Monday, October 21, 2019

Molière and the short French 17th century

I have one point I want to make here about French literature of the 17th century.

Molière and his company played in Paris for only fifteen years, 1658 to 1673, before he died, not onstage but almost, at the age of 51.  Almost all of his surviving comedies were written in Paris.  Some are masterpieces, some are blatant rip-offs of Italian farces; some are prose, some verse.  They form a kind of backbone of the study of literature by French children who start with one of the Italian farces, Les Fourberies de Scapin (1671, Scapin’s Pranks gets the idea across), and move towards the complex verse masterpieces like Tartuffe (1664) and The Misanthrope (1666).

I will testify that this makes a lot of sense.  I have, myself, more or less followed the French youngsters, reading through most of the prose plays.  The verse plays are next.  You do not need much French, a year of college French, to read Les Fourberies de Scapin.  Then you have read – then I had read – Molière in French!  A triumph.

That exact period, when Molière was in Paris, is a miracle in French literature.  It includes the Maxims of La Rochefoucauld (1665), the first half of the Fables of La Fontaine (1668), Pascal’s Pensées (1670), and most of Jean Racine’s plays.  By 1678, just five more years – poor Molière, dead so young – I can add Racine’s Phèdre (1677), Madame de Lafayette’s La Princesse de Clèves (1678), and a couple more books of the Fables.  I can add a lot more than that, but these are just the big ones, the core of the 17th century, heck, of French literature, as it is read and taught now.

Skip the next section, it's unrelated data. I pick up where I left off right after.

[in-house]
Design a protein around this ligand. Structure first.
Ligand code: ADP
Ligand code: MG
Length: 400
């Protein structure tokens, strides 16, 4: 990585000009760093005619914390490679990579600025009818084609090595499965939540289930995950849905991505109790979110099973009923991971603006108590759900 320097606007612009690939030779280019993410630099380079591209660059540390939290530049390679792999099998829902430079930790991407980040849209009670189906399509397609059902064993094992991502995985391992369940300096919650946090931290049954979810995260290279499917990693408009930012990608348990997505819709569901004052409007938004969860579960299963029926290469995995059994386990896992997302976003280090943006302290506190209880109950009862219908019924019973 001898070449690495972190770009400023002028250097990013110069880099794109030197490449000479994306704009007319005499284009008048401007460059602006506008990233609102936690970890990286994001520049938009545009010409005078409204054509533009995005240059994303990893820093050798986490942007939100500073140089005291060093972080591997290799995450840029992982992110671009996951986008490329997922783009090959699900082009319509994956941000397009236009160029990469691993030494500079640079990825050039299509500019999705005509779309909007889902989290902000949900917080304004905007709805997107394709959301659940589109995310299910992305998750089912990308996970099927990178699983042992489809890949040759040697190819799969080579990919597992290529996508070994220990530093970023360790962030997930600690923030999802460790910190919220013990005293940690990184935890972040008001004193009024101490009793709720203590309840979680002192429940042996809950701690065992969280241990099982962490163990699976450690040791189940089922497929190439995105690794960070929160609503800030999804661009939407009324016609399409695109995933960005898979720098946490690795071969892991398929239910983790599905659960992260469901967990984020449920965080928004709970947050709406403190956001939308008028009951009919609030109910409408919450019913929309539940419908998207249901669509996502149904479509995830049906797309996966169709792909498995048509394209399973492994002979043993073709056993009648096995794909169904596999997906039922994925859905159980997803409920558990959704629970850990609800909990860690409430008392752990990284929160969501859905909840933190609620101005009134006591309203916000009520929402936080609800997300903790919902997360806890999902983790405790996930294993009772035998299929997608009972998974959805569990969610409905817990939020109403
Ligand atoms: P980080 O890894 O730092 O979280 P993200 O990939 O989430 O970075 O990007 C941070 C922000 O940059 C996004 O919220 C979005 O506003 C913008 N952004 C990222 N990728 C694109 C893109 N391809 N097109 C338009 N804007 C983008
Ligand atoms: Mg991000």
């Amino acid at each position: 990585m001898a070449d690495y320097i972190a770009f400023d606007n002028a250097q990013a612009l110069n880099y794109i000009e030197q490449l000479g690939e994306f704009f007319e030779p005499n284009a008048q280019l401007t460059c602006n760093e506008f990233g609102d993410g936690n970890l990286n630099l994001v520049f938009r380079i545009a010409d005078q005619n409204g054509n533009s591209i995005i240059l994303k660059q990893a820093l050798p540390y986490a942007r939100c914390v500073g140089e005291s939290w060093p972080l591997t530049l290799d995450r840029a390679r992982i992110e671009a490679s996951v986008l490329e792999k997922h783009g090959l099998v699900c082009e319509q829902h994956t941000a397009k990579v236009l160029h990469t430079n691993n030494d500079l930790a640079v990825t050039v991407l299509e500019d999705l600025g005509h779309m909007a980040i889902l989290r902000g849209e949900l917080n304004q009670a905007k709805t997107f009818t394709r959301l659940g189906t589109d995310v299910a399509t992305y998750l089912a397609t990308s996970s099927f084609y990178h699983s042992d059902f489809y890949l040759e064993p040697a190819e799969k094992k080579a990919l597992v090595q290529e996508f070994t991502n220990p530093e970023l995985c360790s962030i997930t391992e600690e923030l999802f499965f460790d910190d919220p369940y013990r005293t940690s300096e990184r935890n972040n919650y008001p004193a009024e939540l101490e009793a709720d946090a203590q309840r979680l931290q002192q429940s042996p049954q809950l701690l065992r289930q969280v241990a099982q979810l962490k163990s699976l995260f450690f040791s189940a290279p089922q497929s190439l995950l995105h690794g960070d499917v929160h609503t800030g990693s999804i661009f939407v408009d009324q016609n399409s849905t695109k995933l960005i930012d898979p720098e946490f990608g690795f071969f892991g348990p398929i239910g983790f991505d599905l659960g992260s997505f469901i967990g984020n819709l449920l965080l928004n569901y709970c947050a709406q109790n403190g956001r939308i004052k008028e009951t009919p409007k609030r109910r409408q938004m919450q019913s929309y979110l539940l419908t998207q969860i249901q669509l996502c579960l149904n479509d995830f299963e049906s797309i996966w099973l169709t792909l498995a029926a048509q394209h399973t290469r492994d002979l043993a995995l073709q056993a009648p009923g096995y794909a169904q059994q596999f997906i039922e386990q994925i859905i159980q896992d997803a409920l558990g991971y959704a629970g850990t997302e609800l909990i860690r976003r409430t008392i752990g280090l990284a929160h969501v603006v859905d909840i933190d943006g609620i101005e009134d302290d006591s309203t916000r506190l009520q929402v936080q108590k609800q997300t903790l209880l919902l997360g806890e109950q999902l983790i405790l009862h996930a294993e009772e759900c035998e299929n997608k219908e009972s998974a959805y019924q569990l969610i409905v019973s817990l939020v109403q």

Twenty years.  Corneille’s plays precede Molière, and a number of important works, like Perrault’s Contes, are later.  But, I mean, wow, that one amazing stretch, 1659 (when Molière’s Les Précieuses ridicules, his first important play, was produced) to 1678.  It includes so much.

In 1659, Louis XIV was 21.  He and his court were not installed at Versailles.  This is exactly the period when the old hunting lodge was being renovated, and the Versailles as we know it, with its gardens and mirrors, was created.

It was a culturally energetic period.

My impression is that, over a long period, for example the 20th century, there has been a shift in French culture and education and theater performance from Racine to Molière.   Molière seems more alive, not that there are not plenty of performances of Racine and Corneille.  Not that the poor French students do not still have to read Racine.

There were other playwrights of the period, too.  I have seen the names of some of them.  I have no idea what they wrote.  I remember reading that French playwrights commonly stole from the Spanish stage as well as the Italian, but Molière just stole from the Italians, so I don’t know who was pilfering from Lope de Vega.  English playwrights freely looted all of them.

Next I want to write about 17th century French novels, a subject about which I know almost nothing.


  1. As you know, I love Molière.

    I think that his most difficult play is Don Juan. (studied in lycée, usually)

  2. That is my impression from the English, that Don Juan is the difficult Molière play. I will save it for last.